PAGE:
Building on a traditional Native American approach to justice, the Center’s peacemaking programs focus on healing and community restoration rather than punishment.
Although traditional peacemaking varies across Native American tribes, it generally brings together disputants, along with family members, friends, and other members of the community to speak about how a disruptive event affected each person. The purpose is not only to resolve the immediate dispute, but also to heal the relationships among those involved and restore balance to the community.
The Center’s peacemaking model consists of the following components:
Referrals to the peacemaking program come from a variety of sources, including the local justice system. The program also accepts referrals from community members who are involved in disputes that have not entered the formal justice system. Eligible cases include school bullying, truancy, minor assaults, shoplifting, and many other issues. The program will accept both first-time offenders and those with prior criminal records.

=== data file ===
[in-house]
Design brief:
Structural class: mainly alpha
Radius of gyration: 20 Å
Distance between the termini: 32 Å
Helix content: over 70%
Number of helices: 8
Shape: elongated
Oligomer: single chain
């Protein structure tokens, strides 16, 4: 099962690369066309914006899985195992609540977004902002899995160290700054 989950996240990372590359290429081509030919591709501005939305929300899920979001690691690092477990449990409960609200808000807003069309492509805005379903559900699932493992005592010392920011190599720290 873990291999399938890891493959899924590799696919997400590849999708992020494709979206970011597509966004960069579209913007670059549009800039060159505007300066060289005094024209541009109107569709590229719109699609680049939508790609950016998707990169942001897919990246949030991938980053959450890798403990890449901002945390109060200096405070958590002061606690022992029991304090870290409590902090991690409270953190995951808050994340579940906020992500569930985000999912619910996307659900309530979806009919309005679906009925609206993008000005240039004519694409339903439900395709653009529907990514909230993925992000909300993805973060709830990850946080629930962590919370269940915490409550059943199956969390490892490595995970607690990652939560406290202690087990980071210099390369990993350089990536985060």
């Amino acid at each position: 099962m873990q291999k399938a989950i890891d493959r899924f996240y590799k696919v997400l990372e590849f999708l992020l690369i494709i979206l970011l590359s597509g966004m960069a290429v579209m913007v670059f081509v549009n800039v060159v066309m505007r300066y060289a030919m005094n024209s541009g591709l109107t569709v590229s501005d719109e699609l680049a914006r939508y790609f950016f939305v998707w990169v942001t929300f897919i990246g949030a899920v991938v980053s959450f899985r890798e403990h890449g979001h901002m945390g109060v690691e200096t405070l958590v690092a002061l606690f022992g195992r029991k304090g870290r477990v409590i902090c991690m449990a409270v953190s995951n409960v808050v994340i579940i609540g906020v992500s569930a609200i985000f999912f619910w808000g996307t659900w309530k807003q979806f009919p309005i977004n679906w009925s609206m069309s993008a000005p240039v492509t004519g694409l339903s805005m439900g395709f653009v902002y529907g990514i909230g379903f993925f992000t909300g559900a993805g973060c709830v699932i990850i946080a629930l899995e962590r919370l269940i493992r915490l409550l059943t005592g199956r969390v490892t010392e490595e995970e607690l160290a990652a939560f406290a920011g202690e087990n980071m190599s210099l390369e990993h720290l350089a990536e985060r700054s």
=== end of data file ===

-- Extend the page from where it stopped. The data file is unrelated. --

Participation in the peacemaking program is voluntary. In cases involving victims, the prosecutor is responsible for explaining the process to the victim and obtaining consent to proceed. The victim is invited—but not required—to speak with the program staff to learn more about the process and decide whether to participate in the peacemaking sessions. With consent from defense counsel, the program staff also meets with the defendant and explains the peacemaking process. The peacemaking program trains community members to lead the peacemaking sessions.
Throughout the process, participants are encouraged to include family members, friends, and others who were affected by the dispute. All participants have an equal opportunity to speak about how the dispute affected them personally. Typical outcomes include apologies for harm done, commitments to resolve future disagreements using peaceful means, and proactive steps to address underlying issues through employment and education.